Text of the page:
Professional School Fair to host over 60 admission representatives

Colleen Schonfield

For health, science or PhD programs, pursuing education beyond a bachelor’s degree involves deciding between schools who compete in educational standards as well as those who aid in establishing prospective careers.

To help assist in the decision-making process, Grand Valley State University organizations are sponsoring the Professional School Fair on March 25, when admission representatives from more than 60 professional programs will be available to speak with students to discuss programs and answer questions.

“Students can come learn about what they’re interested in and learn how to be a competitive applicant,” said Julie Amon, an academic advisor for pre-professional programs and coordinator for the fair.

The event helps highlight local, national and international schools that students may be interested in attending for their future educational plans. The fair hosts representatives from programs that include physical therapy, optometry, dentistry, public health, speech language pathology, occupational therapy and more.

“I went to last year’s fair and really got a good glance at what other programs are out there that I may never have known about,” said GVSU senior Jessica Purch. “It’s a great way to not only learn about other schools offering your program, but to talk with representatives who will help you in the competitive admissions process.”

The Professional School Fair will take place from 10 a.m. to 2 p.m. in the Grand River Room of the Kirkhof Center. The event is sponsored by the CLAS Academic Advising Center, the College of Health Professions, GVSU Pre-Professional Clubs and the Vice Provost for Health.

The fair is open to students attending GVSU, community colleges and other local universities, and it has been an annual tradition in an effort to enable students to learn about what they’re really interested in.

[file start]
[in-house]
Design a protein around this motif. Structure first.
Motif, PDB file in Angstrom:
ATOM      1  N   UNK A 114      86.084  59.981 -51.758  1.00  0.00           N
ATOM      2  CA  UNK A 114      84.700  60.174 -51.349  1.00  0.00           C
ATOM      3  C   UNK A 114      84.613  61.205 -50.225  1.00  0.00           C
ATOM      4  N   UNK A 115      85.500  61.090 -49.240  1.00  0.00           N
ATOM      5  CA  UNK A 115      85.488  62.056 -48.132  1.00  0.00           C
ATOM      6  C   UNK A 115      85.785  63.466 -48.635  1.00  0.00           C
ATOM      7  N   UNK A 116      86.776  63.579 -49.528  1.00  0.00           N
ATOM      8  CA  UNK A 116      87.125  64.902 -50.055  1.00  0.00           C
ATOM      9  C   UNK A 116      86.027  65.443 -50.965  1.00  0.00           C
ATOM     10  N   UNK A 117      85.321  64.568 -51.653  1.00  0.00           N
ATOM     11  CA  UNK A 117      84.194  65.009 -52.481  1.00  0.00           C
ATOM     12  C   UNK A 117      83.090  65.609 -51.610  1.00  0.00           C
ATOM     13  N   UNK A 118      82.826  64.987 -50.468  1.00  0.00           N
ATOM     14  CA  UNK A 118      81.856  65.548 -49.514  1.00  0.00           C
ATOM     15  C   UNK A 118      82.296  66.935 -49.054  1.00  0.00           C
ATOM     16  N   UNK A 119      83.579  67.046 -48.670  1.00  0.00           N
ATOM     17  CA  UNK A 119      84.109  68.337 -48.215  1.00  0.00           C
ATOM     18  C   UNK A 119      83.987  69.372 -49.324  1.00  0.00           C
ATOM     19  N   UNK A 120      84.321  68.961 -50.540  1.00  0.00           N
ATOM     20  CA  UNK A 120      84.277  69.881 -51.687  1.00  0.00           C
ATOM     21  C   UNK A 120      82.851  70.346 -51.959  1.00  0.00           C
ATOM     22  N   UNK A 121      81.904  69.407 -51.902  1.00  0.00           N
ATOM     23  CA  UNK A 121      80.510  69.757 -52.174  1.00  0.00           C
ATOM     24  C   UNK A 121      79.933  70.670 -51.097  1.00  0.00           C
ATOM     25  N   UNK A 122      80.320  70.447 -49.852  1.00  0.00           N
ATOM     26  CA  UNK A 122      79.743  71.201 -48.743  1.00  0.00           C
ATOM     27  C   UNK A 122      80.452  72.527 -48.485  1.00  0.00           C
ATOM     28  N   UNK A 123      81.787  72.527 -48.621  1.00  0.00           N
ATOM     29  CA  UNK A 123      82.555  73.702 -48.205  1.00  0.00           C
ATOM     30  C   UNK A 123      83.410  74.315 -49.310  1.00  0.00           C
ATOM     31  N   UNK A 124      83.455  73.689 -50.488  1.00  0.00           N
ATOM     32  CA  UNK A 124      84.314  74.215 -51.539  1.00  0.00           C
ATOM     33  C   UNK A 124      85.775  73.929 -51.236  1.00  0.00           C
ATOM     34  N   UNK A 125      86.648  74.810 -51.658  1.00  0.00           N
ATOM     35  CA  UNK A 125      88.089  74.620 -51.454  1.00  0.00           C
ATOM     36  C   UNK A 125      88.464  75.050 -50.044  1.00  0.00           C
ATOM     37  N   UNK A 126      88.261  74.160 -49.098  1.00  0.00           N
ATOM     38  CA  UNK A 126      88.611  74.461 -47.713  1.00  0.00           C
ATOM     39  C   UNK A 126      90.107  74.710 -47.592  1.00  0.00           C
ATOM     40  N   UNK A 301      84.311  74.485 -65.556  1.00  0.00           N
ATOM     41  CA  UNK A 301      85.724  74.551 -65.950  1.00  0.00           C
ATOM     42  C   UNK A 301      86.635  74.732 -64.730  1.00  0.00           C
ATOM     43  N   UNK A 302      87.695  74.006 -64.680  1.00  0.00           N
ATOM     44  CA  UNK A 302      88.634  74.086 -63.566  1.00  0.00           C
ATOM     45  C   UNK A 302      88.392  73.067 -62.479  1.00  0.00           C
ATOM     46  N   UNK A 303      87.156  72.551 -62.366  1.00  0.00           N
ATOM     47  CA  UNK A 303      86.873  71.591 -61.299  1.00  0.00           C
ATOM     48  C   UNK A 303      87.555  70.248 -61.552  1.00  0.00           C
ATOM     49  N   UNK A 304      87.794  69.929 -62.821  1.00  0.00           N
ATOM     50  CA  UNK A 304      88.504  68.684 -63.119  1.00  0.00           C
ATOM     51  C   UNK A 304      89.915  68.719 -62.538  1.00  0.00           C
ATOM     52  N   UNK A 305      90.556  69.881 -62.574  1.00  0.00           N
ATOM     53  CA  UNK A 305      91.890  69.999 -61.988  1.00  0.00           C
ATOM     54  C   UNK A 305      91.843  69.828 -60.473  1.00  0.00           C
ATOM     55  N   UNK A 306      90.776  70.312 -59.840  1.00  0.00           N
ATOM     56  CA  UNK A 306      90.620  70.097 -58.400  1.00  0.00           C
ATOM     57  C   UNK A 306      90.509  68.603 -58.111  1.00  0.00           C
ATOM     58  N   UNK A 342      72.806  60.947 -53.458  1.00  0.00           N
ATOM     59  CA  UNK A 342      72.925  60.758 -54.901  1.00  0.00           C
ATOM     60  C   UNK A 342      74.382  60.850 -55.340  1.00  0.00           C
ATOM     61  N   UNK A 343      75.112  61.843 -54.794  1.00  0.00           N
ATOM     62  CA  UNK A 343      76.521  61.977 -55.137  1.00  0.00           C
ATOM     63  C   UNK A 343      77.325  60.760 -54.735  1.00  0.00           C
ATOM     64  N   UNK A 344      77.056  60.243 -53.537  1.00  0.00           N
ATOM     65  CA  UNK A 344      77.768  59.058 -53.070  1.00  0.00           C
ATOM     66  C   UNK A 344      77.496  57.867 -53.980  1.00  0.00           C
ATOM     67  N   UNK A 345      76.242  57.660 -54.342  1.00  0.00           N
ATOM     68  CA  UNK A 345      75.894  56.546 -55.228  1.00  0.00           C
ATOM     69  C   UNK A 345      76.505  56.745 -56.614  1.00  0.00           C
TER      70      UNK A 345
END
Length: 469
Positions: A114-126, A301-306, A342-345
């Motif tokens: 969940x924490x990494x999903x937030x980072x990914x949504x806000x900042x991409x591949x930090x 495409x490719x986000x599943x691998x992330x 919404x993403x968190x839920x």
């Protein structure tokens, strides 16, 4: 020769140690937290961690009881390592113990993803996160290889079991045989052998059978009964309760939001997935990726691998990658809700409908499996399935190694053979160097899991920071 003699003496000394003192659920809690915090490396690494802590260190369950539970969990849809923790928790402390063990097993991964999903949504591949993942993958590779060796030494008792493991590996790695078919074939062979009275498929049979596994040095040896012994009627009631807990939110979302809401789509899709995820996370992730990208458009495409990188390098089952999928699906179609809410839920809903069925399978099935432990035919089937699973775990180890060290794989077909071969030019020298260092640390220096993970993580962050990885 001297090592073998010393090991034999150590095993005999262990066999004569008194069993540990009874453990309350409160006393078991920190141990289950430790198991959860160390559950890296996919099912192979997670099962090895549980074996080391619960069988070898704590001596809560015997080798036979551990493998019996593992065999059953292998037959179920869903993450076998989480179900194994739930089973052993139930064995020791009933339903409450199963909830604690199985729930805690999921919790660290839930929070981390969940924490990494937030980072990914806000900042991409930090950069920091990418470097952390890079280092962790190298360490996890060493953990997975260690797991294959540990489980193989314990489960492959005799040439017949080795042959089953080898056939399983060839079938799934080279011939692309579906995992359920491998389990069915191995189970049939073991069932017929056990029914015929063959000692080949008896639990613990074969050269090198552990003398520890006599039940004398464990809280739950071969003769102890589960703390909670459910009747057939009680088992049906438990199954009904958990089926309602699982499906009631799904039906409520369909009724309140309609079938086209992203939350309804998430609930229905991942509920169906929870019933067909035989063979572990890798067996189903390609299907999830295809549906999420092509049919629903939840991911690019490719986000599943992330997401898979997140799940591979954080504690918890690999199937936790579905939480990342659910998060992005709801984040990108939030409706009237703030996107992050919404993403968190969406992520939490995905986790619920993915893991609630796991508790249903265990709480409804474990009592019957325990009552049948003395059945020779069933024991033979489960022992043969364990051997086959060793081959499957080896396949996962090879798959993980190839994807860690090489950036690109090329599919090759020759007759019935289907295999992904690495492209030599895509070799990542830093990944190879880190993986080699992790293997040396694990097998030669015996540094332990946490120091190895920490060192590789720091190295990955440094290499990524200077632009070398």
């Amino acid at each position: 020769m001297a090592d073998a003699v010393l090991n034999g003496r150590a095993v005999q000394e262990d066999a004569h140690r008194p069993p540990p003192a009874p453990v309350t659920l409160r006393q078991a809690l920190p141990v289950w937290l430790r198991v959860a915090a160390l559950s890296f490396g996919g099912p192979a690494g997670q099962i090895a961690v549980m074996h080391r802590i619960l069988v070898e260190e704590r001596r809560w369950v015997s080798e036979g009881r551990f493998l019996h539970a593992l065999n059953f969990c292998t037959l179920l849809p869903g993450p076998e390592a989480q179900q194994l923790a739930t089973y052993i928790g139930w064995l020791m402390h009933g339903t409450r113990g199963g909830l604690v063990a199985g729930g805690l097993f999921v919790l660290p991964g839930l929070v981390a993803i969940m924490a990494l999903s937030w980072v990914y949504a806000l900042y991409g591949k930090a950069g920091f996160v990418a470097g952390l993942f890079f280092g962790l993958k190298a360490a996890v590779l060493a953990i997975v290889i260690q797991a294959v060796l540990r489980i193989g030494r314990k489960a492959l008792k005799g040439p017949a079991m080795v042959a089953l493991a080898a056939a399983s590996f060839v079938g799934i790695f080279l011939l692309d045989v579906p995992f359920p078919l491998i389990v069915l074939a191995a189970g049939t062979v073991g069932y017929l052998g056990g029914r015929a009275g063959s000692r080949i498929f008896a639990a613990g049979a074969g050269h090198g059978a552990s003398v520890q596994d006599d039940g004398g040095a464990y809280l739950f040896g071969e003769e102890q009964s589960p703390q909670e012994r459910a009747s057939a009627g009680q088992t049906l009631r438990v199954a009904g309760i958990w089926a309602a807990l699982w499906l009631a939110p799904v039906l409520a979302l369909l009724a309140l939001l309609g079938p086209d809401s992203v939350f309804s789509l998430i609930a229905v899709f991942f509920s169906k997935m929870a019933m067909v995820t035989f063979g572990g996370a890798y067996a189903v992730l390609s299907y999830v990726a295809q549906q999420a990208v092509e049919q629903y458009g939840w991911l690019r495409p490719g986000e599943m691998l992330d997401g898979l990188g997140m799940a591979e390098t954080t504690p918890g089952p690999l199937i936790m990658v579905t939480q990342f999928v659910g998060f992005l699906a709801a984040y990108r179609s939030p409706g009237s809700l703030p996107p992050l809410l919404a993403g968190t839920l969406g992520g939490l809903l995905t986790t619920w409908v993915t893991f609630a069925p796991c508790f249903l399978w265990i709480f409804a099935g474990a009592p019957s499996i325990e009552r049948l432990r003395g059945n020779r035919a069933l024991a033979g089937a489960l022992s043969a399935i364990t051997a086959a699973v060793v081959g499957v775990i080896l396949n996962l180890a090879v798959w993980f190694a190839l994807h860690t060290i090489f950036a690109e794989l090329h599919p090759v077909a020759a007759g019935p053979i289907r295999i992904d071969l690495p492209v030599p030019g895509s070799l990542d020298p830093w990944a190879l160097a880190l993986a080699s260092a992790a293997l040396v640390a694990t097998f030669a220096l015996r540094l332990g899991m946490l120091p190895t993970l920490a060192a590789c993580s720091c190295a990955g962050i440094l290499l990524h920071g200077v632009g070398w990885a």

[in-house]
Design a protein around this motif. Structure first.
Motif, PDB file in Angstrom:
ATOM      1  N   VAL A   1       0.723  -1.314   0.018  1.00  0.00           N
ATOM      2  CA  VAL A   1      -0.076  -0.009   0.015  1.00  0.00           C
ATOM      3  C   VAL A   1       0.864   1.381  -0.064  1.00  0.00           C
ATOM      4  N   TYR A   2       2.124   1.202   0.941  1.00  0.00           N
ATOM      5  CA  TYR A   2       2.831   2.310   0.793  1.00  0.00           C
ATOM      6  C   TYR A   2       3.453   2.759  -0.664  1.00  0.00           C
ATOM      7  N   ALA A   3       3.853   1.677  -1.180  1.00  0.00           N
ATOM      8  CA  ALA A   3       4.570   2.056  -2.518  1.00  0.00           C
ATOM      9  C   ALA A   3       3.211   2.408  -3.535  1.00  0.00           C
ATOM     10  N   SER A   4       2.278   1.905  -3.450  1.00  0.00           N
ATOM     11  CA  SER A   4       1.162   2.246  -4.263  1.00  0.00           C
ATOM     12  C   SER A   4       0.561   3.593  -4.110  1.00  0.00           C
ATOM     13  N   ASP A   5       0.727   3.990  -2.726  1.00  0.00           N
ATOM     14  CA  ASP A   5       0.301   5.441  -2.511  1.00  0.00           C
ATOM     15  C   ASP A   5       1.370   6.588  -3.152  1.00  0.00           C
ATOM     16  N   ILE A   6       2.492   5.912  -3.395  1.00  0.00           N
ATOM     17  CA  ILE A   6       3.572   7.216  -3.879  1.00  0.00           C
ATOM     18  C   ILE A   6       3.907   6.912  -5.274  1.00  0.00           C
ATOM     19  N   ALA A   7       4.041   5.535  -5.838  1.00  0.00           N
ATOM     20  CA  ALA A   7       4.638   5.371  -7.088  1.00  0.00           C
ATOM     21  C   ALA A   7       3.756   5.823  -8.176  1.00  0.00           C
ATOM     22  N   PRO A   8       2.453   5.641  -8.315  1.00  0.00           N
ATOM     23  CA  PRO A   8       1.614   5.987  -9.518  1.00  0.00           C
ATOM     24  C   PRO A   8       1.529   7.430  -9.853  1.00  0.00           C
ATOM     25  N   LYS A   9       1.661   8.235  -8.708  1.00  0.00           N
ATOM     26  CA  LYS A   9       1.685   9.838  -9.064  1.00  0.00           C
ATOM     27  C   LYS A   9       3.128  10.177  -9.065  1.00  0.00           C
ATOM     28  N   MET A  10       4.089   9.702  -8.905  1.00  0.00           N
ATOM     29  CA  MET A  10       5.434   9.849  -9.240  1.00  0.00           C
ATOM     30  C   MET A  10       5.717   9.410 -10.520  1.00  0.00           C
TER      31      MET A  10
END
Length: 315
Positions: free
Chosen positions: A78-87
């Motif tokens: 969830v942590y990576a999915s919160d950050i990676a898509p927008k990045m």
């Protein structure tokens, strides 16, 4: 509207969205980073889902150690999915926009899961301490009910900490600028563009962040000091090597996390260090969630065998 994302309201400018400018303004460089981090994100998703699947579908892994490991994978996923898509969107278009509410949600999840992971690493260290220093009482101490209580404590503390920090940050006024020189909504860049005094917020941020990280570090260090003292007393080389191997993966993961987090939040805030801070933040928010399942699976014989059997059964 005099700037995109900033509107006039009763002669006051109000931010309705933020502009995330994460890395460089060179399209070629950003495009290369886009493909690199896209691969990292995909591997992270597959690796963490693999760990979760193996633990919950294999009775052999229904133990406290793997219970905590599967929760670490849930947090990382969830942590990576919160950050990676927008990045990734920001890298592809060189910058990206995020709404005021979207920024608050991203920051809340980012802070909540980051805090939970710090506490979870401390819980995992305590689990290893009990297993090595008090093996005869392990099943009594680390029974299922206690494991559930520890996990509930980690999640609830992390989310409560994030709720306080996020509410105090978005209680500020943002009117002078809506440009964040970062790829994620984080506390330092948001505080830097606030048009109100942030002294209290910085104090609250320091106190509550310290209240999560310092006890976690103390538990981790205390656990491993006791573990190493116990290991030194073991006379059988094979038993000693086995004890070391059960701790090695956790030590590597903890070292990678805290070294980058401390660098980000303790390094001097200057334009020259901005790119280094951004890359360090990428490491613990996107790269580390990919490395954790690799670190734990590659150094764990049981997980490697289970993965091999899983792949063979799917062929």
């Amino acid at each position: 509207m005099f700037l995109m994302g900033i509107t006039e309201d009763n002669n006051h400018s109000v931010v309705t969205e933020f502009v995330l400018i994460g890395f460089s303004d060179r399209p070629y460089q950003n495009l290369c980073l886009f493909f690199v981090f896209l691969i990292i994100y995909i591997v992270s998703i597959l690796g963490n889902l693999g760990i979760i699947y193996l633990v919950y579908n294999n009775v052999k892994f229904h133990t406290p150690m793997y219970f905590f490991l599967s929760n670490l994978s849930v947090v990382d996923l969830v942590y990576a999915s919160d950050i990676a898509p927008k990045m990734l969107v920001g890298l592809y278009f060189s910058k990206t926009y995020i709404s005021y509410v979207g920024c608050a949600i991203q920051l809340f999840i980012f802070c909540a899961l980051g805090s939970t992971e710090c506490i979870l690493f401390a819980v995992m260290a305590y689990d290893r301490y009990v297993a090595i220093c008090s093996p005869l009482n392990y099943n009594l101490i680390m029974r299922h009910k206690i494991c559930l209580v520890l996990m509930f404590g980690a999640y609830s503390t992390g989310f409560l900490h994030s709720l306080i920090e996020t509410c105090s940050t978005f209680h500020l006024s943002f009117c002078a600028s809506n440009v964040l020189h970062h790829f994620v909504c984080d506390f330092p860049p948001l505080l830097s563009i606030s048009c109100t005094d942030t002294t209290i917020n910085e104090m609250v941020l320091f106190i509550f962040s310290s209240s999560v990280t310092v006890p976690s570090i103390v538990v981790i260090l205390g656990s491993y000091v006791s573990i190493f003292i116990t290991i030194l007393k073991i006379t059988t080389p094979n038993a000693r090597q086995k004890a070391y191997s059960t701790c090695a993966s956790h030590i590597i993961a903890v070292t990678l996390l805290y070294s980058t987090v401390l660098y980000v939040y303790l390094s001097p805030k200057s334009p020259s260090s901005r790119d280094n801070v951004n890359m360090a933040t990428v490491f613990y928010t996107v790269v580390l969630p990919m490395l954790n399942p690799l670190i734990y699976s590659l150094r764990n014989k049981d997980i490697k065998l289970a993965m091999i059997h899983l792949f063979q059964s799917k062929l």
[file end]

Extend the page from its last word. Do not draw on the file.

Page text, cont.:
“Many students don’t have the time or money to spend to travel to other schools, so the fair brings schools that are diverse in geographic location to the students,” Amon said.

Justin Tarahomi, member of a GVSU’s pre-med club, the Vice Provost for Health and the Office of Student Life, helped fund this year’s fair, which is projected to have a 20 percent increase in attendees compared to last year’s attendance of nearly 300 students.

Another event for students interested in pursuing osteopathic medicine will follow the Professional School Fair. Gina Moses, M.Ed., the associate director of Recruitment and Applications Services for the American Association of Colleges of Osteopathic Medicine (AACOM), will host an Osteopathic Medicine presentation from 3 p.m. to 4:30 p.m. in Room 2263 of the Kirkhof Center on March 25. The presentation will involve 11 Osteopathic Medical Colleges from around the country.

Both events are free and do not require pre-registration, but those attending must bring their student ID to check-in. For a list of schools and programs registered to attend the Professional School Fair, visit  

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